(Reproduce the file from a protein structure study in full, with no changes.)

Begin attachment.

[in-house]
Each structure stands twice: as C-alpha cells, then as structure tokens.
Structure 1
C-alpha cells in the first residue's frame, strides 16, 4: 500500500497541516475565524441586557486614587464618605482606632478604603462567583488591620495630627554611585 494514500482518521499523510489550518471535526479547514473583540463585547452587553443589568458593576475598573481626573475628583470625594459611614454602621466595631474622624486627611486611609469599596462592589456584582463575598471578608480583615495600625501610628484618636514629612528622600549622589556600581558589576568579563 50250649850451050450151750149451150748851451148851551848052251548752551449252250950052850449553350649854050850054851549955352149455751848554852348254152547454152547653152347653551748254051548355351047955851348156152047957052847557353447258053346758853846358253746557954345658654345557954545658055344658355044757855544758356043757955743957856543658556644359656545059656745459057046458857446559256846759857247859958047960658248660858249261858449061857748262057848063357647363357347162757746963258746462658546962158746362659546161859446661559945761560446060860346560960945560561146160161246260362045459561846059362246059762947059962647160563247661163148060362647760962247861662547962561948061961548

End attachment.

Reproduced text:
[in-house]
Each structure stands twice: as C-alpha cells, then as structure tokens.
Structure 1
C-alpha cells in the first residue's frame, strides 16, 4: 500500500497541516475565524441586557486614587464618605482606632478604603462567583488591620495630627554611585 494514500482518521499523510489550518471535526479547514473583540463585547452587553443589568458593576475598573481626573475628583470625594459611614454602621466595631474622624486627611486611609469599596462592589456584582463575598471578608480583615495600625501610628484618636514629612528622600549622589556600581558589576568579563 50250649850451050450151750149451150748851451148851551848052251548752551449252250950052850449553350649854050850054851549955352149455751848554852348254152547454152547653152347653551748254051548355351047955851348156152047957052847557353447258053346758853846358253746557954345658654345557954545658055344658355044757855544758356043757955743957856543658556644359656545059656745459057046458857446559256846759857247859958047960658248660858249261858449061857748262057848063357647363357347162757746963258746462658546962158746362659546161859446661559945761560446060860346560960945560561146160161246260362045459561846059362246059762947059962647160563247661163148060362647760962247861662547962561948061961548